June 13, 2018
The United States men’s soccer team won’t be competing in the FIFA World Cup starting on Thursday, but the nation – and its neighbors – got some great news regarding a future edition of the quadrennial event.
On Wednesday, the 68th FIFA Congress selected the united bid of the United States, Canada and Mexico over a bid from Morocco to host the World Cup in 2026.
“Hosting the 2026 FIFA World Cup is a rare and important moment to demonstrate that we are all truly united through sport,” said Carlos Cordeiro, president of U.S. Soccer and co-chair of the United Bid.
It’s also – according to US Soccer – a chance to produce $5 billion in projected economic impact as an expanded field of 48 teams competes across the continent.
That impact could be seen locally as Philadelphia is one of 23 cities proposed as potential host sites. (Local games would be played at Lincoln Financial Field.) Canada and Mexico each have cities while 17 are in the United States.
Even the potential of Philadelphia hosting some World Cup matches – which it didn’t do when the U.S. last hosted the tournament in 1994 – has local officials excited.
That includes U.S. Sen. Pat Toomey, who was among a bipartisan group of 43 senators who urged President Trump to support the bid.
"I'm happy to see United 2026 was selected to host the World Cup,” he said on Wednesday. “Not only will U.S. Soccer get an automatic bid (to compete in the tournament), but Philadelphia has a great chance of being one of the host cities.”
Mayor Jim Kenney also touted the merits of Philadelphia as a host city in 2026, a year that will mark America’s 250th birthday, or sestercentennial. Philadelphia is known as the cradle of liberty, and the bicentennial celebrations here in 1976 were a big deal, if you're old enough to remember.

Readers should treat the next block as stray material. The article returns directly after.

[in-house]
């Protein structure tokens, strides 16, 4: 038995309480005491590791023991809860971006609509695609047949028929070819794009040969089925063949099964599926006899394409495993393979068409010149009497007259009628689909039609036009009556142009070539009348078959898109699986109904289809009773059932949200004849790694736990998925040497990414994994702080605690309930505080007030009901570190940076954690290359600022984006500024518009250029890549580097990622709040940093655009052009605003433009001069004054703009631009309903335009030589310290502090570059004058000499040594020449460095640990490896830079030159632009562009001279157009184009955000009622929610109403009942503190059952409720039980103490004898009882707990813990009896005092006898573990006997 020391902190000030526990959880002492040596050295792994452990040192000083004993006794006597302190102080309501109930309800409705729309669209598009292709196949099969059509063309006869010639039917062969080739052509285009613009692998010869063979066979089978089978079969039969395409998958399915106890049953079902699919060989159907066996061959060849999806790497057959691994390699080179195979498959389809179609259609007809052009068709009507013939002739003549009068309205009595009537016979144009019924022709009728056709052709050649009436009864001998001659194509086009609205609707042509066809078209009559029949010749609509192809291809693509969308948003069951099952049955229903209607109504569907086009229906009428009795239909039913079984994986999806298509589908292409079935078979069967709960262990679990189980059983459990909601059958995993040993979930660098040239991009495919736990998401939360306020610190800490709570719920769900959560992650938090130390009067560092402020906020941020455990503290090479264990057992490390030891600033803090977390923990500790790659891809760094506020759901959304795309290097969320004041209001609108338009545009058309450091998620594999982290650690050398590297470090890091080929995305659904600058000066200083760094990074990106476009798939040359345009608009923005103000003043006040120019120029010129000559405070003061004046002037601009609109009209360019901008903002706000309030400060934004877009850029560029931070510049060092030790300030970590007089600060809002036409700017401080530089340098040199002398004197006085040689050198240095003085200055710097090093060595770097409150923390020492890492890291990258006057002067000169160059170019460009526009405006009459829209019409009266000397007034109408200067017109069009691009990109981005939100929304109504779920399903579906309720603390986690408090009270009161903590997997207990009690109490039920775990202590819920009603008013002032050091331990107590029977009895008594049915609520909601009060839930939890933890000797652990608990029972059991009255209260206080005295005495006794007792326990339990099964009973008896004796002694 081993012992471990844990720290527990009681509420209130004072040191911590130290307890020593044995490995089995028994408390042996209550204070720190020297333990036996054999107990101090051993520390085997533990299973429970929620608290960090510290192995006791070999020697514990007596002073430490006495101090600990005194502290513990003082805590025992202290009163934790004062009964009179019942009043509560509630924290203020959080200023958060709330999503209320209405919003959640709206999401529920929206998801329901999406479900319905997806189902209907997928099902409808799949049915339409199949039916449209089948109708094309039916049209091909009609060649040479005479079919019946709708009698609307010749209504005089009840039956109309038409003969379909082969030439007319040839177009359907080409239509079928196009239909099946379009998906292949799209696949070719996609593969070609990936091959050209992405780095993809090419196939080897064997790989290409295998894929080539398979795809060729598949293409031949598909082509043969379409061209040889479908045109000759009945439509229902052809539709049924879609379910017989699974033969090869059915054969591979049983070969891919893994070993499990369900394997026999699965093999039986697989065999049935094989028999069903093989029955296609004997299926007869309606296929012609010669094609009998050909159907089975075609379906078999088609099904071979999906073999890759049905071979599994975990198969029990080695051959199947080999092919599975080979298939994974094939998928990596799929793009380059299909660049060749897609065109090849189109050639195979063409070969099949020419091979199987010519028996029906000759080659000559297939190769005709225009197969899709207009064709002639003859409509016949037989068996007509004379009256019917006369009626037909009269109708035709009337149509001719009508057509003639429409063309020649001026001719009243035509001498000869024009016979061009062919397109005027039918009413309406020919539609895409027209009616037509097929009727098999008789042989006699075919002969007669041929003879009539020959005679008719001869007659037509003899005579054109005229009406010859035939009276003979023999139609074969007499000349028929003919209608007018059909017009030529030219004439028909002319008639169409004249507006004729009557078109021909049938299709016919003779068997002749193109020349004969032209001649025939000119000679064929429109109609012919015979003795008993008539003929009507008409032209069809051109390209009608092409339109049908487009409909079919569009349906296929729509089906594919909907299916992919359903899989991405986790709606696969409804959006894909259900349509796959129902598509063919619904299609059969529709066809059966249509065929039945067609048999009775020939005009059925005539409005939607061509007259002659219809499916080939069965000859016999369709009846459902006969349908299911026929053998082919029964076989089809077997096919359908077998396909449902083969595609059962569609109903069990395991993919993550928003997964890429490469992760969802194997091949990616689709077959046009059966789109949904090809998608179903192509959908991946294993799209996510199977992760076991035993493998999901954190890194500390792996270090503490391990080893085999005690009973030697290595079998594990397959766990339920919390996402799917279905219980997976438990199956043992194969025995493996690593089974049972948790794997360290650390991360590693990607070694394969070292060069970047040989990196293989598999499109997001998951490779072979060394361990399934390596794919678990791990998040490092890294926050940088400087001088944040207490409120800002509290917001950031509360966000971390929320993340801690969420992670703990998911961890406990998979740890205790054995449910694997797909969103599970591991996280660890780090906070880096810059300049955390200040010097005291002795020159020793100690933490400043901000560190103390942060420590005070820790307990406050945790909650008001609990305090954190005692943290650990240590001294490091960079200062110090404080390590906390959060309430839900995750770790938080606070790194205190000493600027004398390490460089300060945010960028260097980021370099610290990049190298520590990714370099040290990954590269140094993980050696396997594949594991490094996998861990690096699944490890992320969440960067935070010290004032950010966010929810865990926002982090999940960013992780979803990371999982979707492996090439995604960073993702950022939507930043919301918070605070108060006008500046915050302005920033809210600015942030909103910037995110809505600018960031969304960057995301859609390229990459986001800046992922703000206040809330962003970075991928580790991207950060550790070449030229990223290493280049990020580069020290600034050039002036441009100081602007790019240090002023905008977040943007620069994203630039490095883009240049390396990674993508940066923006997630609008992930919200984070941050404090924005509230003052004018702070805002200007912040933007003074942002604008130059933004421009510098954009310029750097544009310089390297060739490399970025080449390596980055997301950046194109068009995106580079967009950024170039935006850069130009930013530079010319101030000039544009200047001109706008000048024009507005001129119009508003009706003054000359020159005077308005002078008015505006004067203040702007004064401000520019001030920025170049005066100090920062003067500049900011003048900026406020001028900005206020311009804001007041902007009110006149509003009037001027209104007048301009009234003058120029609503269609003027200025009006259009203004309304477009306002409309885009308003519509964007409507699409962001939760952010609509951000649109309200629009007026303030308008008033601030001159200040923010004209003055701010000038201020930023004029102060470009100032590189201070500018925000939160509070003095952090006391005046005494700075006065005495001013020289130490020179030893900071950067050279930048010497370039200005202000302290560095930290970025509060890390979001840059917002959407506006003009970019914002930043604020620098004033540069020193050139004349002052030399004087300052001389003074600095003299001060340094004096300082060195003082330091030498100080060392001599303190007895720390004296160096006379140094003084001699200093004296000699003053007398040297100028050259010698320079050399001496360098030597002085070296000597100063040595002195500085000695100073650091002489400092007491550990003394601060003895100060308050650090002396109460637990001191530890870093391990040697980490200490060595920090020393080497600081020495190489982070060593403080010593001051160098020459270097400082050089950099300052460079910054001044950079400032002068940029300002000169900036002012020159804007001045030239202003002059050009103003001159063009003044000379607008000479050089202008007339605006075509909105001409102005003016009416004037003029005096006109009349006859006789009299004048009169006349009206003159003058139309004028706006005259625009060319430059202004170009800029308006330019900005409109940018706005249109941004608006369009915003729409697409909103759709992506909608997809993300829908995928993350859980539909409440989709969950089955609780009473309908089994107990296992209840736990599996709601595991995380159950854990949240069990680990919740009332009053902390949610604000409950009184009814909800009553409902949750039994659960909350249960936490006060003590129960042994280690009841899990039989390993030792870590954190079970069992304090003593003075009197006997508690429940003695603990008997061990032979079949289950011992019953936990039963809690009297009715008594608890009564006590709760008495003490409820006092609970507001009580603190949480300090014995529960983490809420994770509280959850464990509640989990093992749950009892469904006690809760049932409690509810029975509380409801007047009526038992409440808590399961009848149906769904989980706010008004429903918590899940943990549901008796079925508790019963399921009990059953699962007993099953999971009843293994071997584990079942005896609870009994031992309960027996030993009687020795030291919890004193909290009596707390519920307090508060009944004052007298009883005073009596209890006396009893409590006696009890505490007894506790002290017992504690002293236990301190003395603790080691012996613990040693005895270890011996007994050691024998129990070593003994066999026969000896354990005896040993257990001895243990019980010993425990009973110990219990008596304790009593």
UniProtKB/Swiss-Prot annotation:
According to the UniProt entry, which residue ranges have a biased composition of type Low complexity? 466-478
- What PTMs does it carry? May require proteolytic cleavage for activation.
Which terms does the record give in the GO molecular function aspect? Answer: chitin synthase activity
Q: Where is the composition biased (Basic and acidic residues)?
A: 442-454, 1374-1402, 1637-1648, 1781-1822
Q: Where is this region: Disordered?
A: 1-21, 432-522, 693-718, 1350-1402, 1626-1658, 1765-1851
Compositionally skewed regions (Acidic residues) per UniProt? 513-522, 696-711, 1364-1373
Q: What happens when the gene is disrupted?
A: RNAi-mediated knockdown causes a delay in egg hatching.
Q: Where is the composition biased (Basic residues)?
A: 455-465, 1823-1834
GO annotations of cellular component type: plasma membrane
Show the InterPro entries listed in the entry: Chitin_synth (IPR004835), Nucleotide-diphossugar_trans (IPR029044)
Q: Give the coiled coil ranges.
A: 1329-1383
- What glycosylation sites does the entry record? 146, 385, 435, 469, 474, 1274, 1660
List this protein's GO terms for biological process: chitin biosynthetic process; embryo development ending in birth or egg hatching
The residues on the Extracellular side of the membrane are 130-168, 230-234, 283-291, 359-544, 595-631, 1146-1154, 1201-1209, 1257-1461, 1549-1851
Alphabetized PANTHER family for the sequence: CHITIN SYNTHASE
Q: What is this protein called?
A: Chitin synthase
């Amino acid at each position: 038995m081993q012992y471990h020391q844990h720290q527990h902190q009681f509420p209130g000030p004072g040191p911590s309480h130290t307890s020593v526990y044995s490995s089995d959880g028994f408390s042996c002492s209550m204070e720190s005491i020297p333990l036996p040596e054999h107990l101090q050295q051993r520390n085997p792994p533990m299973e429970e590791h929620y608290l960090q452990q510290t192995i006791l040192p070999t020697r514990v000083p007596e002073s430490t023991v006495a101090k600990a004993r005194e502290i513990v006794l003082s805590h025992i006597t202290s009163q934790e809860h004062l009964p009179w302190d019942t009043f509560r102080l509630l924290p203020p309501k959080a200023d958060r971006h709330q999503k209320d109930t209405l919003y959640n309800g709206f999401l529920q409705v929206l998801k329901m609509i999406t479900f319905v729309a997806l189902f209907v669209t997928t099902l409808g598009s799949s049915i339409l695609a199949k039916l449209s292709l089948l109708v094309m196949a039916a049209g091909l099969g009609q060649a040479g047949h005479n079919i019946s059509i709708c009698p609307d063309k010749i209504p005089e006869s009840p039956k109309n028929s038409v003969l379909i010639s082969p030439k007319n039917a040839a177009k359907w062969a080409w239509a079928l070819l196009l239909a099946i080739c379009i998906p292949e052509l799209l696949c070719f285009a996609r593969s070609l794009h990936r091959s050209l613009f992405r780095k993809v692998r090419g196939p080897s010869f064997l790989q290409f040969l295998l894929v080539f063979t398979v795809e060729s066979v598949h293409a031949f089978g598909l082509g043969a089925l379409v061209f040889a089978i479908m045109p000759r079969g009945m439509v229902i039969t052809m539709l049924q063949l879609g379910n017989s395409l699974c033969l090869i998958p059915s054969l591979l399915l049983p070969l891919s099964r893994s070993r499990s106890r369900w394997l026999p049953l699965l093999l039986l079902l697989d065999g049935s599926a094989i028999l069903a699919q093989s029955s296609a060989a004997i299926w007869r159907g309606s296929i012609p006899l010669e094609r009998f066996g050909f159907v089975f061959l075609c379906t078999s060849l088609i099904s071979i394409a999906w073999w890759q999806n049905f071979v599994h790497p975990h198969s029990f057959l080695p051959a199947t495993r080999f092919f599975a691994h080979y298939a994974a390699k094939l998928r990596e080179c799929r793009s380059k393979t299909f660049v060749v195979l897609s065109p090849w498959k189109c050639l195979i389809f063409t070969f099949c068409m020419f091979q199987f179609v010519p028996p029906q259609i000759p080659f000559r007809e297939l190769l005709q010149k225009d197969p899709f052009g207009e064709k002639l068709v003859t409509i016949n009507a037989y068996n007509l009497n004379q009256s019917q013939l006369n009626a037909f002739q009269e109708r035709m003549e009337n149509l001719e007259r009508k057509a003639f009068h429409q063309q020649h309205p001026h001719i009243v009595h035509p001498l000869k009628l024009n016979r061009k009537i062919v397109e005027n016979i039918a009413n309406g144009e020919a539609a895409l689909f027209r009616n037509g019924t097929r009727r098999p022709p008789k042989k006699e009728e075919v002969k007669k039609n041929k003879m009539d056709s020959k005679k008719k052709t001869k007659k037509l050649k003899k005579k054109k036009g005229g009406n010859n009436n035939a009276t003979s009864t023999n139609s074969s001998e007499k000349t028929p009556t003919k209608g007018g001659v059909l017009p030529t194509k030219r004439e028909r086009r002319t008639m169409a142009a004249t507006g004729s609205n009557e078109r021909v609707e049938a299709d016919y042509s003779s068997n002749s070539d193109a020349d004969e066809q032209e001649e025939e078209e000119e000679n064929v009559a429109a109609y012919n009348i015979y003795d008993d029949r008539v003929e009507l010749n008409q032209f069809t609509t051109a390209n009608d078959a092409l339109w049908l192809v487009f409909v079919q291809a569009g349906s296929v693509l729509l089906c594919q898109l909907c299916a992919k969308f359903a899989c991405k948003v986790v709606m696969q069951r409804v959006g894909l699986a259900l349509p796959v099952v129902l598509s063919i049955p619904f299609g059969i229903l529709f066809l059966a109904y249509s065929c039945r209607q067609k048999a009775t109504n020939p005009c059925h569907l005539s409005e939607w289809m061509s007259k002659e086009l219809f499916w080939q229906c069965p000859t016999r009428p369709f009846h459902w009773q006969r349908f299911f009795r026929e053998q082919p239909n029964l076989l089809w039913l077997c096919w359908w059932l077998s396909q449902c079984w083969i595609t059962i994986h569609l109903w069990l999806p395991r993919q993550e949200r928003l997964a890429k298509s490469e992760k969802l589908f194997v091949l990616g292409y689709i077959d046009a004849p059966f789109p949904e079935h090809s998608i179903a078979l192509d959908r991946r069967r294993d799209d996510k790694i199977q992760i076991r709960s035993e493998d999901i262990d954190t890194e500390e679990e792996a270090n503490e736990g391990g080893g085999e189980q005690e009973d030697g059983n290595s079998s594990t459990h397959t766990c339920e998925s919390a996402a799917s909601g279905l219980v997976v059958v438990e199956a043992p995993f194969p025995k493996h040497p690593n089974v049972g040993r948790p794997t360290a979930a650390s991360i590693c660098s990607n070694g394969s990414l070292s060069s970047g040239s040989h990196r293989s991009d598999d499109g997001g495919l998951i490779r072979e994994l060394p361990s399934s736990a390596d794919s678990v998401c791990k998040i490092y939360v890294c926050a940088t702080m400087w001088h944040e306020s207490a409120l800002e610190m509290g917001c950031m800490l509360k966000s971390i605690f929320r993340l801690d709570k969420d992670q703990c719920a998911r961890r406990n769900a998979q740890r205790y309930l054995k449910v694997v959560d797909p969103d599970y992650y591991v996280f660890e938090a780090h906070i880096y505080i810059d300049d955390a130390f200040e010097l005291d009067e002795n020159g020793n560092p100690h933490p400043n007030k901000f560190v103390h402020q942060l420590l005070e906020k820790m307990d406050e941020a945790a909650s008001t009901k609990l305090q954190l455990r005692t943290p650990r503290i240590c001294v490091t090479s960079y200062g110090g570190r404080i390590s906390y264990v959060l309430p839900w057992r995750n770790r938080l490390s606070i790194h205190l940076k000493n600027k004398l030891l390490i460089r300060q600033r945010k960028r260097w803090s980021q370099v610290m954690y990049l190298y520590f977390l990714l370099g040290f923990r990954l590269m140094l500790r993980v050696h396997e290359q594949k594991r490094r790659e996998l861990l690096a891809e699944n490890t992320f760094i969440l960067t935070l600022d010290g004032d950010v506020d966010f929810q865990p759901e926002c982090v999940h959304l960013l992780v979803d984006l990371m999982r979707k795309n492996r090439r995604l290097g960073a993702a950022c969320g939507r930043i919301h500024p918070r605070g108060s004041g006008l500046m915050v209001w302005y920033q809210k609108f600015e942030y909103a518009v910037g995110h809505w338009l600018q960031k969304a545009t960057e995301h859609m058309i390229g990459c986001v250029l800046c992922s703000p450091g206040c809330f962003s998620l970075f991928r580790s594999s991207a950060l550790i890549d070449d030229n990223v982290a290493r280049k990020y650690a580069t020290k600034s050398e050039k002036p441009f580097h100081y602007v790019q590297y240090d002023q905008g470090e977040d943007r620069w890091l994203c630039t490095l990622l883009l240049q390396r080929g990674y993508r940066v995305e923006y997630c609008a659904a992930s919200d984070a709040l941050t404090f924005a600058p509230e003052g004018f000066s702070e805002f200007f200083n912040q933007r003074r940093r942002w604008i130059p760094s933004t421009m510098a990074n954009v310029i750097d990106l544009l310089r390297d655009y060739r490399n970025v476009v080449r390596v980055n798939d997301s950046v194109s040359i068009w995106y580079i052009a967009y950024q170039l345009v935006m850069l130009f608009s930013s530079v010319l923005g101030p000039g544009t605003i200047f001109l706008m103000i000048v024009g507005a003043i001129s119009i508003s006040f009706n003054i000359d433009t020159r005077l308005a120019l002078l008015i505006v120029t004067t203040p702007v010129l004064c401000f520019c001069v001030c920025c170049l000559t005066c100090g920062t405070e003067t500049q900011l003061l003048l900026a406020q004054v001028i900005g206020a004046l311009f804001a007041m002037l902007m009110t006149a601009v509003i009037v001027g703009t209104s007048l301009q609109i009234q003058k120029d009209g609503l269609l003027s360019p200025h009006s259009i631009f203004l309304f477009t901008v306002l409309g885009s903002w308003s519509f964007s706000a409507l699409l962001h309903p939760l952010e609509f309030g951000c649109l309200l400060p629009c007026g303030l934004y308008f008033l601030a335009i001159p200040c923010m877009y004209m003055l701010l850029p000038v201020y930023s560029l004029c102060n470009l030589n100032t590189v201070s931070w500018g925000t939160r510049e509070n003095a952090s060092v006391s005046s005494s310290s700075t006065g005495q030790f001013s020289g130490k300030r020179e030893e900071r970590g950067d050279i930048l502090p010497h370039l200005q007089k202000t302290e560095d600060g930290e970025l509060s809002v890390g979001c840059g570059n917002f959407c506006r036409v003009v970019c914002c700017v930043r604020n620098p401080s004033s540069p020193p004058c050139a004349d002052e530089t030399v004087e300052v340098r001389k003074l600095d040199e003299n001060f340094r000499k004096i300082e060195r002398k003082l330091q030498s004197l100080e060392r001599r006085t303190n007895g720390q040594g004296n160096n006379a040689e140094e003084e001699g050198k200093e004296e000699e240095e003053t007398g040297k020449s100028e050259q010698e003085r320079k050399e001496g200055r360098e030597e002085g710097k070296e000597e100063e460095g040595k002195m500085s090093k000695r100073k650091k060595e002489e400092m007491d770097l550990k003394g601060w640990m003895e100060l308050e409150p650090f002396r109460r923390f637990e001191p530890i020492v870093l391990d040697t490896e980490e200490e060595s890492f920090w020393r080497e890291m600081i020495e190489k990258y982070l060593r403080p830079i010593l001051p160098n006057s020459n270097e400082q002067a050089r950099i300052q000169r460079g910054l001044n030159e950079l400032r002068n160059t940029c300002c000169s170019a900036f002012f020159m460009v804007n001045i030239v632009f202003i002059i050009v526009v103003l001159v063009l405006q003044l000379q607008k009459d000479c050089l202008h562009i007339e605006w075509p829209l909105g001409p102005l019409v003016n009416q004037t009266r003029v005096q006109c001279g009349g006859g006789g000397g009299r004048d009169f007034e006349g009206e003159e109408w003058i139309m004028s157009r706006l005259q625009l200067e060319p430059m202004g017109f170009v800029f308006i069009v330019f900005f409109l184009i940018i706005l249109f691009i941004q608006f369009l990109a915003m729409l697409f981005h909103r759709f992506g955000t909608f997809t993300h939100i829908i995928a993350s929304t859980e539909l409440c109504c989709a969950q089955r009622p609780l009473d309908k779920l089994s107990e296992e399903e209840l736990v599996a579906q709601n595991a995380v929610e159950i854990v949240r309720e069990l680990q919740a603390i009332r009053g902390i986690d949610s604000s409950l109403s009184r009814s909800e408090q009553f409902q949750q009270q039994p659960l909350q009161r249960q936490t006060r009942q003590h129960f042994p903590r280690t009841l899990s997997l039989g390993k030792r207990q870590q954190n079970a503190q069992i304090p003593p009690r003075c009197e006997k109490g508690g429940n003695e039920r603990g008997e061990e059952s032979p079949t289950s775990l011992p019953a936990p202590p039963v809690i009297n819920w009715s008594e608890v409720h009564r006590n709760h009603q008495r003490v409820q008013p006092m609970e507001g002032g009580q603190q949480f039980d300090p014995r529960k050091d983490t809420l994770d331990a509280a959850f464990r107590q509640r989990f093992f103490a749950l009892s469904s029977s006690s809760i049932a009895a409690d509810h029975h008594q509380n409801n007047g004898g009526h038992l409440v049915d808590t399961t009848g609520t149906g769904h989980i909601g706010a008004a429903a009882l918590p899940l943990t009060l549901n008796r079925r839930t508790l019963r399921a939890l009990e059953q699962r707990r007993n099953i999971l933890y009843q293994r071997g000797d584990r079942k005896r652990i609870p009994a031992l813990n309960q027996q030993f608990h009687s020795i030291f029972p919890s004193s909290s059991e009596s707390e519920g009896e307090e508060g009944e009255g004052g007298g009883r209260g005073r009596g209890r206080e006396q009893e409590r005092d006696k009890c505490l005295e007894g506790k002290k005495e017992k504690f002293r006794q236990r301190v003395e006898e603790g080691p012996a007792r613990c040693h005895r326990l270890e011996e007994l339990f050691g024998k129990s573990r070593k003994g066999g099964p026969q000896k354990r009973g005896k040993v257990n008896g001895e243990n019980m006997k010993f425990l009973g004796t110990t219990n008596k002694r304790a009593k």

Kenney cited the city’s track record of hosting major events like the 2017 NFL Draft, 2016 Democratic National Convention and 2015 visit by Pope Francis as evidence that Philly’s up to the task.
“Philadelphia is the perfect staging ground for an international event like the World Cup,” he said. “We have a thriving hotel sector, robust restaurant scene, and the transportation infrastructure to accommodate visitors from around the globe.
"2026 also marks the nation’s 250th anniversary, so this would be an ideal location and occasion to celebrate that milestone on an international stage.”
Larry Needle, executive director of Philadelphia Convention & Visitors Bureau's PHL Sports division, said that "the United Bid was a winning formula from the very beginning."
"Our Philadelphia team – including the City, Eagles, Union, Eastern Pennsylvania Youth Soccer and many others – is very proud to be a part of the process," he added.
Since it’s a joint bid, common thinking holds that six sites will be in Canada and Mexico with the other six spread across the United States.
The official bid cited listed MetLife Stadium in North Jersey as the likely site of the final match and offered Atlanta and Dallas as likely sites for semifinal matches. No stadium will host more than seven matches.
According to U.S. Soccer spokesman Neil Buethe, there is no set timeline for FIFA to make the final host-site decisions, but it won't likely happen before 2021.
It’s hard to imagine FIFA, the sport's governing body, not considering the merits of a match in Philadelphia on the Fourth of July in such a momentous anniversary in the nation’s history.
It’s also hard not to see, in the eight years leading up to the tournament, cities fighting to host games much as they are competing to attract Amazon's second headquarters, vying to show investment in the sport outside of the event itself.
Lincoln Financial Field has a track record of hosting matches between international teams, dating back to 2003 when the first competition inside the South Philly stadium was a match between FC Barcelona and Manchester United.
The other American cities up for consideration are Baltimore, Boston, Cincinnati, Denver, Houston, Kansas City, Los Angeles, Miami, Nashville, Orlando, San Francisco Bay area, Seattle and Washington, D.C.